Once you get to average, US, major metropolitan levels of education, nutrition, etc., then the IQ variation due to genetics approaches 100%. It is not the case that the smarter kids were read to more, or went to the museum more often, or watched TV less. It is the case that the smarter kids typically had smarter parents.
If this were really true then that would convince me. But I doubt it's really true. In particular, as I have pointed out before, it is impossible to do a properly controlled study to test the effect of race on IQ because it is impossible to control for the societal bias to skin color. The only way to test the hypothesis is to use two racial groups whose IQ's supposedly differ but whose outward appearance is the same, like jewish and non-Jewish caucasians. (You'd need to have both groups raised in similar cultural circumstances, i.e. either all as Jews or all as non-Jews -- and preferably randomized across both cases.) Until you've done a study like that all you have is more pink flamingos.
Here's another Flynn example that is worth pondering: If on the basis of their genetic inheritance, separated-twin pairs are tall, quick, and athletically inclined, both members are likely to be interested in basketball, practice assiduously, play better, and eventually attract the attention of basketball coaches capable of transforming them into world-class competitors. Other twin pairs, in contrast, endowed with shared genes that predispose them to be shorter and stodgier than average will display little aptitude or enthusiasm for playing basketball and will end up as spectators rather than as players.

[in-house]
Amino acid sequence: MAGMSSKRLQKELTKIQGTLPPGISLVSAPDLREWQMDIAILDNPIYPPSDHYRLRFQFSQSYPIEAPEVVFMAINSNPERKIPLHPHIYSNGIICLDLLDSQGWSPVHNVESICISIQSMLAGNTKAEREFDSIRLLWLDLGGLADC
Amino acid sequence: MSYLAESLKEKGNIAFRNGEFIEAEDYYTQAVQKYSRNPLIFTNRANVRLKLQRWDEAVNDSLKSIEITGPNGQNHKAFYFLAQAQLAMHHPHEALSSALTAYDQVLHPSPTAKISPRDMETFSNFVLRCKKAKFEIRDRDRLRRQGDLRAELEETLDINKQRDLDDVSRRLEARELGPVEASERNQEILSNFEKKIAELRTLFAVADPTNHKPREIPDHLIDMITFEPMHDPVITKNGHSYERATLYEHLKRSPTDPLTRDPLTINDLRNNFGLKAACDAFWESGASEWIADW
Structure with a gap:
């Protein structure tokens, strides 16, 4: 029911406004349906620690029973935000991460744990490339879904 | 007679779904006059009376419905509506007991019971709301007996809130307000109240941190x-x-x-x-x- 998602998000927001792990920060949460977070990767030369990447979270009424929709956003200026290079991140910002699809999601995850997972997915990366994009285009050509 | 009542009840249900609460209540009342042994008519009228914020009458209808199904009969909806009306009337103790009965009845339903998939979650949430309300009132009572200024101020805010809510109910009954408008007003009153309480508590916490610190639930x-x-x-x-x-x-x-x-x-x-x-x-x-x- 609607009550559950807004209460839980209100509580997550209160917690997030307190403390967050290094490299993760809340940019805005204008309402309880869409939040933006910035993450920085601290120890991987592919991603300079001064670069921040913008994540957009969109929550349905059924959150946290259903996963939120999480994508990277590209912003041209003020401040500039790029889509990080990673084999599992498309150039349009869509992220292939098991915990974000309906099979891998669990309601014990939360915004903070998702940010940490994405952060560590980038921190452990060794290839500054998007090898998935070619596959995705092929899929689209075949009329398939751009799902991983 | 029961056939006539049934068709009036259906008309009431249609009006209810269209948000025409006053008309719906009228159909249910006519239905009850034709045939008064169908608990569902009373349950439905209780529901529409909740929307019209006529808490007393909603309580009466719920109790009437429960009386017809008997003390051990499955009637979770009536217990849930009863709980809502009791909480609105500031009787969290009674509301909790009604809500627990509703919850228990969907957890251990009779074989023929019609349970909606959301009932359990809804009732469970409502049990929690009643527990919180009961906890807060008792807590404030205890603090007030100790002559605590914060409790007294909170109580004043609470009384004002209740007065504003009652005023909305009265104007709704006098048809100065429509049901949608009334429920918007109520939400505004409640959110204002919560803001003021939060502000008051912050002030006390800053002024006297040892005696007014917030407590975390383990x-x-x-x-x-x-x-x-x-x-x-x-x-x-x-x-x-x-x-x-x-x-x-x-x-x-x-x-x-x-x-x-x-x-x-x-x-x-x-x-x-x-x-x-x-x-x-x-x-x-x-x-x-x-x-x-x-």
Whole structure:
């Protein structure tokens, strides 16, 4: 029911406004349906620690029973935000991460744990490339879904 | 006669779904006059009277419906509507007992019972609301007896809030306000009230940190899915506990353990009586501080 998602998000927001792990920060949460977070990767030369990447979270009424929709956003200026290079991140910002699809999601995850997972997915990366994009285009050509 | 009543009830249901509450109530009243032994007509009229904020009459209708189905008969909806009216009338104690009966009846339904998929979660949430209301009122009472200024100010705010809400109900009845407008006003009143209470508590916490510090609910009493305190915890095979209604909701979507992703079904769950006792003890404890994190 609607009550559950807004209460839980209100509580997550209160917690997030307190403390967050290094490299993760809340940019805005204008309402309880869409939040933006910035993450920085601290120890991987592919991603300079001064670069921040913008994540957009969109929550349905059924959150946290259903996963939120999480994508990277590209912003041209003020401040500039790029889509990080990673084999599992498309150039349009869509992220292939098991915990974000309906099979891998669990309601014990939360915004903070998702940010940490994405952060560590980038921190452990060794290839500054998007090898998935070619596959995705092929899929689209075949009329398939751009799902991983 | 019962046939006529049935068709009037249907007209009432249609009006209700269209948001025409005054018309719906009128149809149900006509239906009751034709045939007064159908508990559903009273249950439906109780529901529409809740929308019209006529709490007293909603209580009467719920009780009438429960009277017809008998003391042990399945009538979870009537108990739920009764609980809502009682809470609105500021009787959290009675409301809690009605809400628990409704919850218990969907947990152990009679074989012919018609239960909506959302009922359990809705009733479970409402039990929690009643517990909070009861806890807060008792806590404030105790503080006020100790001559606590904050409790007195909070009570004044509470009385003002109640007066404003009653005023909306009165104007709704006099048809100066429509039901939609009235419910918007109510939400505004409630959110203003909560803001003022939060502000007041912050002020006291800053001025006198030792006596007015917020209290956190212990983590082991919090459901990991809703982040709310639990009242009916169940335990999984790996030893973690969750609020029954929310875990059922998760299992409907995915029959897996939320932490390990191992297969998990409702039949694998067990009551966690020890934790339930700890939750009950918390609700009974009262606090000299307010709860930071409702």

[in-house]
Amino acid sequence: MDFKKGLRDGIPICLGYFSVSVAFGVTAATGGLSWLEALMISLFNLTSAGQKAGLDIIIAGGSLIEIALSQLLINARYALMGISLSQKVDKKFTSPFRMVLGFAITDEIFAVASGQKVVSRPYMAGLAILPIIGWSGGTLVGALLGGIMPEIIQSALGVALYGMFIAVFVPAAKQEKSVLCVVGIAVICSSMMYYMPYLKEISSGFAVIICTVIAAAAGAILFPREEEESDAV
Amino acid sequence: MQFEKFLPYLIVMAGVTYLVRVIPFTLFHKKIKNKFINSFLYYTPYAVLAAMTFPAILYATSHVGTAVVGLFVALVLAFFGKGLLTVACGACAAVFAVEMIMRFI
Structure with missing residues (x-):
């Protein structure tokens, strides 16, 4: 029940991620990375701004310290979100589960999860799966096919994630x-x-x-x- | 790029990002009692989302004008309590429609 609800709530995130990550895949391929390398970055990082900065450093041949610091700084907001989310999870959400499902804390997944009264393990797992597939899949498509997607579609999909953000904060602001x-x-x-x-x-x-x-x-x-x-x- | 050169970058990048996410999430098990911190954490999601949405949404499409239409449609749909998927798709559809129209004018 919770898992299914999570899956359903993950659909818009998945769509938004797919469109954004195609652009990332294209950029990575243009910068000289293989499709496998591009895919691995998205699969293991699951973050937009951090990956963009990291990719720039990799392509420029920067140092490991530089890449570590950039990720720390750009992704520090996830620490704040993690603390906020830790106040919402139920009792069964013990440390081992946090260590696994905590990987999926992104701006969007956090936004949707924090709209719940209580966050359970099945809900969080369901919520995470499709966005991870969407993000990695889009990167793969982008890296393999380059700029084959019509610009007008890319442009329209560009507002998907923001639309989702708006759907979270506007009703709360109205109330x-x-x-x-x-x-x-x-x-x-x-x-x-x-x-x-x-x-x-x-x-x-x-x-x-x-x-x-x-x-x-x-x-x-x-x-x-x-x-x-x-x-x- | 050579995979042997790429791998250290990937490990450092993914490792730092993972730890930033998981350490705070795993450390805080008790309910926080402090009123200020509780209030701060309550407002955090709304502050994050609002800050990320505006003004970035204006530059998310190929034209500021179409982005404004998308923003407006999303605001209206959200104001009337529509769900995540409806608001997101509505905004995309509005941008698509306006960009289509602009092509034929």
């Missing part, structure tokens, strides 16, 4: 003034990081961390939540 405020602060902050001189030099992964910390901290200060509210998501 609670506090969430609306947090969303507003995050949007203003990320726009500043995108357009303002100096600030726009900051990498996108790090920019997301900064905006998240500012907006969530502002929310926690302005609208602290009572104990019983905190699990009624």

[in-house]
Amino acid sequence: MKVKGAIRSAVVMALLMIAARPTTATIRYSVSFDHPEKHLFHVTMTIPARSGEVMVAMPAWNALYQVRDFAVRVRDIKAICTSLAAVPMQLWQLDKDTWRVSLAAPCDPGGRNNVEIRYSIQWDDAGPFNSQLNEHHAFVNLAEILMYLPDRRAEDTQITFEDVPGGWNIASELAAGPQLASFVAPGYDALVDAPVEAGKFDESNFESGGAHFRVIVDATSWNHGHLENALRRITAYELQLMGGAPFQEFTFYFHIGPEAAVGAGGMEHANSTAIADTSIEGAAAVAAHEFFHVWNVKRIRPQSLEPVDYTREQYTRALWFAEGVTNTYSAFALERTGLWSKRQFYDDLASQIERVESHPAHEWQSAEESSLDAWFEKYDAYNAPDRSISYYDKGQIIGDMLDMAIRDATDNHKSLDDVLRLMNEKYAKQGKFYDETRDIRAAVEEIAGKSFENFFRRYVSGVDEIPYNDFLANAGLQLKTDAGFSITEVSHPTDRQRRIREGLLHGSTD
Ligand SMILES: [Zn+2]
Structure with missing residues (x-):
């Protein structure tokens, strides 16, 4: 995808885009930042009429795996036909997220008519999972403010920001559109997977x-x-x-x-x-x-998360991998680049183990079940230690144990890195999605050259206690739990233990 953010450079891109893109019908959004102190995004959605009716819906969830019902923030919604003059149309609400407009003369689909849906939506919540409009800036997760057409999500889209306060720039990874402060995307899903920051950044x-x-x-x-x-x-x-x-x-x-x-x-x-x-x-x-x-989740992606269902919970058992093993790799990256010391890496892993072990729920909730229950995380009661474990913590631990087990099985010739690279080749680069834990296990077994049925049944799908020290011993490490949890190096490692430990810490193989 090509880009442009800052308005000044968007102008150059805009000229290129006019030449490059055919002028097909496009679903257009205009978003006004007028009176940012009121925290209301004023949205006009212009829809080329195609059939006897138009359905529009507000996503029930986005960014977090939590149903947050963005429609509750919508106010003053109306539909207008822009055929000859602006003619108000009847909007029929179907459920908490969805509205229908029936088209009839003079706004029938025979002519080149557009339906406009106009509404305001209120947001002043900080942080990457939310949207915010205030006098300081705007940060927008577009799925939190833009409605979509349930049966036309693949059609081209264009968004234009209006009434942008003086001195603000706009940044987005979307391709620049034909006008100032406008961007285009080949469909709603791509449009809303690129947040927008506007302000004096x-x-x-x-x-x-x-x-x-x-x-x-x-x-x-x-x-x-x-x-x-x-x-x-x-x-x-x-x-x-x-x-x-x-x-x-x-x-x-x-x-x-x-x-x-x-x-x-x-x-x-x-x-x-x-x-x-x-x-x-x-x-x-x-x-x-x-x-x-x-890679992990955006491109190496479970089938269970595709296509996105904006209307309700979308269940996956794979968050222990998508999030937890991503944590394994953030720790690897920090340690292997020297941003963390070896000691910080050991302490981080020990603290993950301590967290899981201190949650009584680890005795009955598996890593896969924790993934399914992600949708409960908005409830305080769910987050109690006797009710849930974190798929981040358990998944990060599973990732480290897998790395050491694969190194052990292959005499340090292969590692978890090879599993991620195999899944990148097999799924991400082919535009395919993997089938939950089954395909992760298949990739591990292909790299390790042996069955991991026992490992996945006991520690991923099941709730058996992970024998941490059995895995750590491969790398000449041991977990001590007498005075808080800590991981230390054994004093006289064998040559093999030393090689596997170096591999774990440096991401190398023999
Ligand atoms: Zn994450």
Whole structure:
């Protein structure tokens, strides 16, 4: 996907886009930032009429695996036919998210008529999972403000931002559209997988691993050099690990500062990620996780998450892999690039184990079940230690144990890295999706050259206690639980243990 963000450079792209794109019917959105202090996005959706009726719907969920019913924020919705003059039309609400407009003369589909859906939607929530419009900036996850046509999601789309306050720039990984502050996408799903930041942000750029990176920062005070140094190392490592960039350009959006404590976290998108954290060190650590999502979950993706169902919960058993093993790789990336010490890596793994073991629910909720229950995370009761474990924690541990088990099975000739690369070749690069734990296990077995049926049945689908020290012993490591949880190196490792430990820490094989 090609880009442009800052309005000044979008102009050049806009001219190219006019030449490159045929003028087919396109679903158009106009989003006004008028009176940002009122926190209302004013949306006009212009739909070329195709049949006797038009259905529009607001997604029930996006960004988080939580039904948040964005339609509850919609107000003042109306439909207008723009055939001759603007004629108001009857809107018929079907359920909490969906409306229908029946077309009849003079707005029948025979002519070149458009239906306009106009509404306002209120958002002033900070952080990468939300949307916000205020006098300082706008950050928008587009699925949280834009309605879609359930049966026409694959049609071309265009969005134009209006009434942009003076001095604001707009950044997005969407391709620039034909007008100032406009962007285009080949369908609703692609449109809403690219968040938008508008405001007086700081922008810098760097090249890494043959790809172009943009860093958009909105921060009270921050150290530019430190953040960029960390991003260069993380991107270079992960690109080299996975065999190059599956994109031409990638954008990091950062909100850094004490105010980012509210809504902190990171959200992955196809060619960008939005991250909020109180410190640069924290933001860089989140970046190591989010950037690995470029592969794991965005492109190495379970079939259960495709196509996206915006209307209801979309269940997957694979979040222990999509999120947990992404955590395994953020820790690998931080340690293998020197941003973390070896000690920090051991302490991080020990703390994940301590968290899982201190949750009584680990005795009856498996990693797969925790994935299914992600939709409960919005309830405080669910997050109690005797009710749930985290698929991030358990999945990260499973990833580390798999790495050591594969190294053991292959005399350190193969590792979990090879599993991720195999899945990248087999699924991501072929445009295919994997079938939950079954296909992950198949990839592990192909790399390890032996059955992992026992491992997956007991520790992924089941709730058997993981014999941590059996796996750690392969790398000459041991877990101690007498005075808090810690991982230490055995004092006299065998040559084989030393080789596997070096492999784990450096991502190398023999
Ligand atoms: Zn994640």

The trouble with basketball as an analogy to IQ is that height is an easily observable physical trait that obviously has a causal relationship with potential success as a basketball player. Furthermore, height has both genetic and environmental factors. All this is known and uncontroversial. The trouble is, whether or not externally observable and heritable traits are similarly correlated with intelligence is precisely what is at issue here. So there are no lessons to be drawn from the basketball analogy for the matter at hand (except that it is easy to oversimplify).
Just for the record let me make it clear where I stand. I do not dispute that IQ could be genetic. In fact, I think it almost certainly has some genetic component. The question is how much is genetic and how much is environmental, and, importantly, how much is due to complex interplays between genes and environmental and societal factors, and as long as we're being exhaustive, how much is due to the imprecision and multi-dimensionality of intelligence, and how much is just plain random. My position is merely that the currently available data do not justify the conclusion that direct genetic factors (i.e. the direct transcription of DNA into proteins that build bigger or more effective brains) are the dominant factor. Note that I do not say that this is not the case, merely that the data we have don't justify the conclusion. I will also say, as I have said before, that I do think it would be unfortunate if we did have conclusive data to support this position, and that the human condition would on the whole be the worse for it. And people's eagerness to adopt the conclusion that intelligence is genetic, and to vilify anyone who doesn't join them in their prejudice, even in the absence of conclusive evidence does nothing to dissuade me from this belief.